According to the latest reports, Buy Now, Pay Later (BNPL) is booming and shows no signs of slowing down. This popular new method of purchasing something today and paying for it later caught on very quickly as a method of financing online purchases.
In fact, according to a new study from insurance provider Breeze, more than 74 percent of respondents have used BNPL at least once. Another 62 percent shared that they will likely use it more in 2022.
Despite the very attractive offer of BNPL, there are two key details users and merchants should be aware of. First, regulators are starting to look into consumers’ reliance on BNPL in regards to accumulating debt. As attractive as the offer sounds, if used incorrectly, BNPL can quickly turn into a debt trap that is difficult to escape.
“Buy Now, Pay Later” comes with the risk of impulse spending. Deferred payments like BNPLs take away the sting of “sticker shock” and can lead to multiple BNPL purchases that add up quickly. In addition, since BPNL offers don’t always require regular monthly payments, they can be easy to forget.
For merchants, the biggest issue with BNPL purchases is that BNPL providers are responsible for collecting payments from consumers, so merchants don’t always see the full data surrounding the consumer shopping with them. This brings about the second problem: fraud prevention.
According to experts, fraud prevention must be a collaborative effort between BNPL providers and merchants. This need is increasing rapidly, as fraudsters begin to figure out creative ways of attacking BNPL. For example, large ecommerce merchants are reporting that fraudsters are now using low-dollar orders to bypass systems.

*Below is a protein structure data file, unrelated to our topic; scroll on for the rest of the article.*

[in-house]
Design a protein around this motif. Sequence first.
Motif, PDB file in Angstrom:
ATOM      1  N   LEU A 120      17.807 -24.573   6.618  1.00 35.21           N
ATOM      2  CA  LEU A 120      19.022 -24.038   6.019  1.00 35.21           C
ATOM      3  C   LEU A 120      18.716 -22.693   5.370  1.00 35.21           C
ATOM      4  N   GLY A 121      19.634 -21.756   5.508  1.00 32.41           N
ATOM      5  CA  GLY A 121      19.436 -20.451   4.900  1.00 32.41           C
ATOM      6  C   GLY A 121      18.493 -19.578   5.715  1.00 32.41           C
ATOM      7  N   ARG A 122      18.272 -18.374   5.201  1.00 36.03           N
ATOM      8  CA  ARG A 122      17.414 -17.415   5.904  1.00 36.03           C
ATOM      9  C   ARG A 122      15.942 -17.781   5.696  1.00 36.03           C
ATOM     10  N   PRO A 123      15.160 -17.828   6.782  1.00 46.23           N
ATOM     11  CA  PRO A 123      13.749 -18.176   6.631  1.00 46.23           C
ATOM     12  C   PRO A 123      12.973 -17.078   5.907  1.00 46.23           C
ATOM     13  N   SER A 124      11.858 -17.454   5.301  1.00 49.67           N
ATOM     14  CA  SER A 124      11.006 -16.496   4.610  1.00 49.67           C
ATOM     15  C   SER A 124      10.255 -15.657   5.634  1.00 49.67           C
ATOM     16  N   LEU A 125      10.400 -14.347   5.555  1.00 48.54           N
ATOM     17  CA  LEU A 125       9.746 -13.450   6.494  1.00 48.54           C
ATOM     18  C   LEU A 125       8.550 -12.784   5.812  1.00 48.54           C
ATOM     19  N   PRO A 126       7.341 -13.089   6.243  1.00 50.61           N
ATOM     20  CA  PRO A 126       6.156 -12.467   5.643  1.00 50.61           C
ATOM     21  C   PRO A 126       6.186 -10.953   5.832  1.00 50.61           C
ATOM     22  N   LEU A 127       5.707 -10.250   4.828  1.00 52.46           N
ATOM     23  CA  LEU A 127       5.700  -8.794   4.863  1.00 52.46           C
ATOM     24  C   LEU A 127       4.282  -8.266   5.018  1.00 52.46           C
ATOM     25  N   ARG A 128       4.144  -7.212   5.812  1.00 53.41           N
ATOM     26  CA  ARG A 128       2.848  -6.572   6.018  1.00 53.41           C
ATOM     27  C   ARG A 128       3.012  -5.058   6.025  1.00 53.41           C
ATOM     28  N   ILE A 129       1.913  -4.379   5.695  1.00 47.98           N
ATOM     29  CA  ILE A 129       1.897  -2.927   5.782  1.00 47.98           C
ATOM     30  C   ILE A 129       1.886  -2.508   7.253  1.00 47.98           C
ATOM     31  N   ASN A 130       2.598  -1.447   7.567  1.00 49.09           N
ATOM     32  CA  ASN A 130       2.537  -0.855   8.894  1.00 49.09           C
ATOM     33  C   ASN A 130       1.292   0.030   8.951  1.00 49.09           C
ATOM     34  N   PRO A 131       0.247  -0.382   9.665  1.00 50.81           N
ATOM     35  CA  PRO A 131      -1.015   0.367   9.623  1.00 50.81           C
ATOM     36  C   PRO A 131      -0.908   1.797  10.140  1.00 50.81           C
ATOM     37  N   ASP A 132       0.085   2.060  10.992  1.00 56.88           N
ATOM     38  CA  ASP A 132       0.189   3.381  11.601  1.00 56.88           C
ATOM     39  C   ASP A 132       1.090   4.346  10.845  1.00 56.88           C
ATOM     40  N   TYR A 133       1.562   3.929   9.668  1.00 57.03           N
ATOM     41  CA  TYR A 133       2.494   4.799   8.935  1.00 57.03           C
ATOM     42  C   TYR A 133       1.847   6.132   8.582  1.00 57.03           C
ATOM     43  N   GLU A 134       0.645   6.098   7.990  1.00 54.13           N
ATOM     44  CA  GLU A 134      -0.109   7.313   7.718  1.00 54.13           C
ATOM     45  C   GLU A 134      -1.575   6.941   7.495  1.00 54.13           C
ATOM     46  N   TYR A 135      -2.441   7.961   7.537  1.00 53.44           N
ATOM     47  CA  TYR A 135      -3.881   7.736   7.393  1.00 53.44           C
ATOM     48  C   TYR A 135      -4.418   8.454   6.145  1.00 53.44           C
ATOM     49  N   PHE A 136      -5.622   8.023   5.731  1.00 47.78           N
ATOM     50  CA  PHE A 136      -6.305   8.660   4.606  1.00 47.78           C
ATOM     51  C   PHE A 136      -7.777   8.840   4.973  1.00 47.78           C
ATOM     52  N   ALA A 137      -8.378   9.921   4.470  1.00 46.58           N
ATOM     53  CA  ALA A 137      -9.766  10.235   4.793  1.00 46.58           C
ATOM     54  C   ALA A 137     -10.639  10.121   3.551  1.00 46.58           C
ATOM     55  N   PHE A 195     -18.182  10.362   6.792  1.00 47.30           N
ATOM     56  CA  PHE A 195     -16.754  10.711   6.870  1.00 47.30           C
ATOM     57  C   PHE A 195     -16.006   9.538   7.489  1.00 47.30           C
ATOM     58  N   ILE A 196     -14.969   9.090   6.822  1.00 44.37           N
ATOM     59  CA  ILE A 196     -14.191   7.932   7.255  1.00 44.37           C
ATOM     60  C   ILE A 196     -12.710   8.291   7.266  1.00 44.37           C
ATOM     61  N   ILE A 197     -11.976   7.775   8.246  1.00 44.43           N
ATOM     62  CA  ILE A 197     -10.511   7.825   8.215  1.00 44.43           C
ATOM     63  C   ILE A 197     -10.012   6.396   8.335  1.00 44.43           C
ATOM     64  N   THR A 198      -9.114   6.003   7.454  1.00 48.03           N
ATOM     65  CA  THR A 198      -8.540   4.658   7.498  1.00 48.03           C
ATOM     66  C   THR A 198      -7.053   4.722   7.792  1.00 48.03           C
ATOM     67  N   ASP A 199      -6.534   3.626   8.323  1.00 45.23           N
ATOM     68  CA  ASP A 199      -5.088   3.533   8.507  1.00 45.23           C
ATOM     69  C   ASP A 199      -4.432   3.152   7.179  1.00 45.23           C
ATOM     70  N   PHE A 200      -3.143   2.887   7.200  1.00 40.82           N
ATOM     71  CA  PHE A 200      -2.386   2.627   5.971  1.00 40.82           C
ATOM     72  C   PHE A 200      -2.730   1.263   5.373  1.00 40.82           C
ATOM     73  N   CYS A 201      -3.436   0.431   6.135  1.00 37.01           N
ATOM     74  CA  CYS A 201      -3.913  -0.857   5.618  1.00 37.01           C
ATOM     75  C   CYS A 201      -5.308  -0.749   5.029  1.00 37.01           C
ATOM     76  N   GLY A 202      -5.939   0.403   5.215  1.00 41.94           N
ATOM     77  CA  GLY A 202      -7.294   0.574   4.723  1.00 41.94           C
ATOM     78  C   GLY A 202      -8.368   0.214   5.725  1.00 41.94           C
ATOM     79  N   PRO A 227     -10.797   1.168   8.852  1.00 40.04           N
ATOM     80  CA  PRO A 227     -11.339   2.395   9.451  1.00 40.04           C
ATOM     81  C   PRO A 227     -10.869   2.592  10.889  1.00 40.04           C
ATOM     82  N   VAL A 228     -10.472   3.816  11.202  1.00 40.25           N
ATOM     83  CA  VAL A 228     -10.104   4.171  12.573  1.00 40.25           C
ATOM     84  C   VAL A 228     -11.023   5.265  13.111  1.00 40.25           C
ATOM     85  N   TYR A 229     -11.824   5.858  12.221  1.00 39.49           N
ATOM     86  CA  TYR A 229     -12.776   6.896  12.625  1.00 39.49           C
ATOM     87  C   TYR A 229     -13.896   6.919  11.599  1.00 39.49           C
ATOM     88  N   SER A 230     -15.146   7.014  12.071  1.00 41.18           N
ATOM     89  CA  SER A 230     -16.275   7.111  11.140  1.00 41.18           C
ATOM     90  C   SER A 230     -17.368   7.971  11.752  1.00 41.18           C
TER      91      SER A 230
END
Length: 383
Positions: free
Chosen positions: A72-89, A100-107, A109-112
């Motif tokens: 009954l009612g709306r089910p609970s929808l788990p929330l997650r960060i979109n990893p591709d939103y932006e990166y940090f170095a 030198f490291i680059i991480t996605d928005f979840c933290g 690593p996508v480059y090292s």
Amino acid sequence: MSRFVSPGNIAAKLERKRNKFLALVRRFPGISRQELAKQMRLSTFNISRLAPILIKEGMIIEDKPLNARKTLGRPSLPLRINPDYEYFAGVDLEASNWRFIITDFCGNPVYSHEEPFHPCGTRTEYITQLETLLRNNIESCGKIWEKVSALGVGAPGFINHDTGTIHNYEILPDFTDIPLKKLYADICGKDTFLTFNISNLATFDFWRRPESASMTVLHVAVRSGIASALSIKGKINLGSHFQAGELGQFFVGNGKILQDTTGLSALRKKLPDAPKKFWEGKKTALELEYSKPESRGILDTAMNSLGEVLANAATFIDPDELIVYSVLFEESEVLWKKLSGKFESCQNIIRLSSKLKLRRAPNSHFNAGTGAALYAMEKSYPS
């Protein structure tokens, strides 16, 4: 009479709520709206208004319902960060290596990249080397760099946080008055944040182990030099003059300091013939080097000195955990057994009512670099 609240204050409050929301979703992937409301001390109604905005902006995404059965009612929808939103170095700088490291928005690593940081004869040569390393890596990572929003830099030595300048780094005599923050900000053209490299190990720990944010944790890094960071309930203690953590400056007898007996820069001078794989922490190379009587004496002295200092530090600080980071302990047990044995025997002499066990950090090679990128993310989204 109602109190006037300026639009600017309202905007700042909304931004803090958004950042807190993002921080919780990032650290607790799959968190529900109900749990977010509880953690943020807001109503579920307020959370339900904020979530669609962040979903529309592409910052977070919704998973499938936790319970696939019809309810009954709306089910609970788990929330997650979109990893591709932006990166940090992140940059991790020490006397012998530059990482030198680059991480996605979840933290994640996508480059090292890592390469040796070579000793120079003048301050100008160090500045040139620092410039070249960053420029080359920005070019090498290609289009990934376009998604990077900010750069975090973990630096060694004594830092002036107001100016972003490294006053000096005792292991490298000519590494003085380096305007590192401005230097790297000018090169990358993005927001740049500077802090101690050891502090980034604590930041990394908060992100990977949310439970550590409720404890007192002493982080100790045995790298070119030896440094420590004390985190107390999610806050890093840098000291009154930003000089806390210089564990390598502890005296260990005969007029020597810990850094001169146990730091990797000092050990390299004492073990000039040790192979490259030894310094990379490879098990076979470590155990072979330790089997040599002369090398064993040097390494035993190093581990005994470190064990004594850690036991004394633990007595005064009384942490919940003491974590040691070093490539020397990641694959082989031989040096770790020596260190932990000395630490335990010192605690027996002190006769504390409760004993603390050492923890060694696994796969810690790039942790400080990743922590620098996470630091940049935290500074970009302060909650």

The fraudster places a low-dollar order on a merchant’s site. Because of the low-dollar threshold for first-time purchases, it’s quickly approved and the merchant’s fraud system auto-passes the order. Several days later, the fraudster will log into their new account and place a high-dollar order on a stolen credit card.
“Because most fraud screening systems don’t attribute risk to orders placed on an account with “previous good orders,” many merchant fraud systems are passing these orders because the previous purchase, using the BNPL payment method was previously approved. Thirty to 60 days after the high-dollar credit card order is approved, and the merchandise has been shipped to the fraudster, the merchant receives a chargeback,” explains the experts at CNP.
That being said, merchants say there are still great opportunities and value in accepting BNPL. The solution to the troubles merchants face right now is continuing to implement a fix for chargebacks and strong fraud protection solutions.
Blair Thomas has been a music producer, bouncer, screenwriter and for over a decade has been the proud Co-Founder of eMerchantBroker, the highest rated high risk merchant account processor in the country. He has climbed in the Himalayas, survived a hurricane, and lived on a gold mine in the Yukon. He currently calls Thailand his home with a lifetime collection of his favorite books.